Posted by: deadmousediaries | June 8, 2017

Green Riders Bike Across the U.S., Plant Gardens, Raise Awareness

  Storytellers know that on the very best days, a story that needs to be told will simply reveal itself. I had that good fortune Sunday, June 4, 2017, when I passed a string of cyclists on their way to passing the Path Valley Hotel. It turns out there were 30 of them strewn along the major east-west roadway in my county. Known as the Green Riders- Good Deeds on Bikes, they are weaving their way across the U.S. from New York en route to Seattle, Washington. The group converged in New York’s Central Park on Memorial Day to begin their three-month mission to create awareness for sustainable green living and to highlight food waste in the U.S. 

   Although the group has been united by a common cause, most had never met until the ride began on May 29, 2017. Riders hail from the U.S., the U.K., France, Australia, Colombia, Spain, Denmark and beyond. On Sunday morning, June 4, 2017, they pedaled through my little town as part of their daily 50-mile increments in their journey of 3,700 miles. They expect to reach Seattle August 18, 2017.

  They’ll be spending their nights in parks and campground and with hosts who are preparing for their visits. There will also be some surprises with stops in other shelters such as barns and churches. The group is also plugged into Warmshowers.org, a worldwide, hospitality exchange for touring cyclists, as well as the social network known as couchsurfing that connects travelers of all types with short-term sleeping accommodations. Along the way, riders are planting gardens, living off fresh produce and also dumpster diving for food that has been tossed before its expiration date.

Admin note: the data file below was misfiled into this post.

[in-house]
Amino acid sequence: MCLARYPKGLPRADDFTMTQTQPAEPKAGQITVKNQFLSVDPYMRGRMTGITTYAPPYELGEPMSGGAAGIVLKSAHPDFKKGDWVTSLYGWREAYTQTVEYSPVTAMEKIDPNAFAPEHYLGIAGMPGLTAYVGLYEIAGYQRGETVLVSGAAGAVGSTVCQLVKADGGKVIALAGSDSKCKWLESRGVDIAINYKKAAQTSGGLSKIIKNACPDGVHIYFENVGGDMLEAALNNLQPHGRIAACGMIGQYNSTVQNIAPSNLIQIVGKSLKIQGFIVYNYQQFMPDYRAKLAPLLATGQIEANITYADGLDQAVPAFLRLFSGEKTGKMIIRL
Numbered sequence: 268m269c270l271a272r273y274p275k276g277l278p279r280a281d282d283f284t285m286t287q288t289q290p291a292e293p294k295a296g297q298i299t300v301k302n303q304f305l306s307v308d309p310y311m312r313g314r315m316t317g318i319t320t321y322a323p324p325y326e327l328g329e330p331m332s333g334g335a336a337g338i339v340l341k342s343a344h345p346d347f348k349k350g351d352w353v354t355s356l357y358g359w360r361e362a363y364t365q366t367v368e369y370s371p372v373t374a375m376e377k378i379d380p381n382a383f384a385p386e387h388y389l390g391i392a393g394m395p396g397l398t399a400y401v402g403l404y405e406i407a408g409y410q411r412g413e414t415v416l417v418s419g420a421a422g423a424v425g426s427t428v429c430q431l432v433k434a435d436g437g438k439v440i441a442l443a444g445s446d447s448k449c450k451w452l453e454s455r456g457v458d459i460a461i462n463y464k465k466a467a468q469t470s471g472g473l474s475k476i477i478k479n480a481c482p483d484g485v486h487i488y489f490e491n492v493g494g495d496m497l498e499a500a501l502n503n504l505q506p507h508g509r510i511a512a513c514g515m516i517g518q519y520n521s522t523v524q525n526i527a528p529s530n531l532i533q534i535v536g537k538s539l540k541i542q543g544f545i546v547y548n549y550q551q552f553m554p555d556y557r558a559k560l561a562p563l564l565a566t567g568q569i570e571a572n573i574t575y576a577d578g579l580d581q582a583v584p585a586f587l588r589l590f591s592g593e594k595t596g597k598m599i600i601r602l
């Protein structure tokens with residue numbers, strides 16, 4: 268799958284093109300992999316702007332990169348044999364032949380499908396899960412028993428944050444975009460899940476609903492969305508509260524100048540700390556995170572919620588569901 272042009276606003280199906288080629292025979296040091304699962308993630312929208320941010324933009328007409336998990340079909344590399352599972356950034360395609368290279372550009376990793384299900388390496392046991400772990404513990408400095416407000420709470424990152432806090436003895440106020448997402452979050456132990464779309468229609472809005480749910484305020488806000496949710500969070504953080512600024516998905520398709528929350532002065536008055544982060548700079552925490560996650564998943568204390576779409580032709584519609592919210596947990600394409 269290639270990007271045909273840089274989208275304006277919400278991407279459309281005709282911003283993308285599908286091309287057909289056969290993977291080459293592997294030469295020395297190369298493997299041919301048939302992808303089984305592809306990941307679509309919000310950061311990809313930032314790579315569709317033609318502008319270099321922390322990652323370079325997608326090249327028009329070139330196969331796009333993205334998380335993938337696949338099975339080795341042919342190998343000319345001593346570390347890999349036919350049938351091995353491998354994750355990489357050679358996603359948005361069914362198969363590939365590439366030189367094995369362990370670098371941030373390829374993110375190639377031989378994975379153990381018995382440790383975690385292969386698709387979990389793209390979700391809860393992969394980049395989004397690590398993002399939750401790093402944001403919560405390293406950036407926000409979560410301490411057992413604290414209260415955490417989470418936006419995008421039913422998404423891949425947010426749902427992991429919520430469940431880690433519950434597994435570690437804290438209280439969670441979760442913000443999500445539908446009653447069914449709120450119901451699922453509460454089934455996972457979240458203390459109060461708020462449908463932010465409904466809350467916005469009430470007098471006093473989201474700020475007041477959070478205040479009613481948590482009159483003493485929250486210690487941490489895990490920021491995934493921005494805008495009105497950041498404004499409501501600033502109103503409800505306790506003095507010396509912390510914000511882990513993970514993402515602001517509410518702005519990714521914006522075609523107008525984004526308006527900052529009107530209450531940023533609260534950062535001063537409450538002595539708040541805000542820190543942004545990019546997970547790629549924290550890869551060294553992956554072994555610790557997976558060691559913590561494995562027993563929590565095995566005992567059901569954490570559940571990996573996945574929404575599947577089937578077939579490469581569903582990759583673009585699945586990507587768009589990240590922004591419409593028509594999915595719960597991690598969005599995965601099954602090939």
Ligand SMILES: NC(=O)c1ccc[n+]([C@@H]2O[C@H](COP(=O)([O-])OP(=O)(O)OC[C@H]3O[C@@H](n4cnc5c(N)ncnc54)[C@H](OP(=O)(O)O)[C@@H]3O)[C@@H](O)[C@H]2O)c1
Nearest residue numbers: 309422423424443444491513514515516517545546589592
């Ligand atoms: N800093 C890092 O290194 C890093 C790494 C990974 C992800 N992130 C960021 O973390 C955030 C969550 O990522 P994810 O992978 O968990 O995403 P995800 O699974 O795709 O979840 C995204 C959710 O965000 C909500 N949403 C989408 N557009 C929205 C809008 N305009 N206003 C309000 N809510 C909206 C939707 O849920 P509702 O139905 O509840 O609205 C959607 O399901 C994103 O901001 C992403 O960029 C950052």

“About 40 percent of the food in the U.S. goes into the garbage,” said rider Sarah Edleman, a statistic that has been backed up by government agencies. Sarah and companions had stopped for a lunch they spread out on a blanket under a shade tree when I caught up with them. Their meal included fresh broccoli, tomatoes and a version of Thai peanut sauce made fresh on the spot in a hand-powered food processor. It was served on a hoagie roll, one from an unopened pack rescued from a dumpster because it had been trashed by it’s sell-by date, not the expiration date. The difference between sell-by dates and true expiration of foods is one of the things Green Riders are hoping to highlight. 

   The U. S. Department of Environmental Protection estimates that the single biggest component of landfills is discarded food and it comprises 20% of all U.S. refuse. A study released by John Hopkins University researcher Dr. Roni Neff confirms that the billions of pounds of wasted food put in the trash in the U.S. each year is enough to supply 84% of the world’s population with a 2,000 calorie diet. 

   While some of the Green Riders are making their first long distance bike journey, organizer Rob Greenfield, environmental activist, has made other cross-country bike trips. His social media appeal for riders to join the adventure included a dose of reality about accepting this challenge where there are no support vehicles and riders had to pack their own food, water and equipment, a responsibility that means bikers are carrying about 80 pounds of gear everywhere they go, including up Pennslyvania’s inespcapable mountains. The true essentials of the trip were defined by riders as the bike, a small pump, patch kit, spare tube and water.

   The appeal to participants was the chance to expand personal knowledge and skills and to get the opportunity to practice sustainable living, including concepts of zero waste, holistic health and learning to live with less money. Organizers promised riders they would come away inspired and informed, leaving each stop along the way better than they found it.